Greek authorities call them migrant pre-removal facilities, but they look more like prisons. Many of the residents are locked up not for committing a crime, but rather simply for trying to get asylum in Europe. For this, they’re held for months, packed scores to a room, and often beaten.
“We didn't have any choice so we started a hunger strike, we sewed up our mouth and we stopped eating and drinking,” said Farhad, who has asked not to be identified, fearing retribution for speaking out. “Anyone will do whatever it takes to get his freedom. Some people have tried to commit suicide to get free, others went crazy in there.”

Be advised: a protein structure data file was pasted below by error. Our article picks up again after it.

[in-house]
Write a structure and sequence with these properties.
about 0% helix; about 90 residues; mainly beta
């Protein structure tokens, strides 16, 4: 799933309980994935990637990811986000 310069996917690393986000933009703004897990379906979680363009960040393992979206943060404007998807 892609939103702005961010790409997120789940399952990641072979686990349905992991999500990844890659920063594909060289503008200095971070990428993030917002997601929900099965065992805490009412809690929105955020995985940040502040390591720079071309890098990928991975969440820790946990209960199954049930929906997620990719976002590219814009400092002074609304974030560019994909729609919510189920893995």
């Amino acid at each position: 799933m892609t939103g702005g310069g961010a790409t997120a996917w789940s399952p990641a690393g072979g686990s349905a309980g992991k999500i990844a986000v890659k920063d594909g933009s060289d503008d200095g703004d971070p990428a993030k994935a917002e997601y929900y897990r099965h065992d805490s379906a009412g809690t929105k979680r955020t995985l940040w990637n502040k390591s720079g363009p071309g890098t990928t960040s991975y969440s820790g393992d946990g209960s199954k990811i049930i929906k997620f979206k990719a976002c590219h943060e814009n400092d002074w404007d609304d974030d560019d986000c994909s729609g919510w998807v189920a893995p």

Farhad was just 17 when he made it to Greece from Afghanistan. He says he was held at a detention center in Corinth Greece for 14 months before finally getting political asylum in December.
“In general you are afraid there, terrified,” he said. “When the police would attack us in there they didn’t care who is who, anyone in front of them could become a victim. We were frightened and everyone was hiding under the beds.”
Some 6,500 migrants are currently held in Greek immigration detention centers, co-funded by the European Union as part of an effort to limit immigration. The European Court of Human Rights, the EU’s Committee for the Prevention of Torture and NGOs have repeatedly called conditions in these centers inhuman and degrading.
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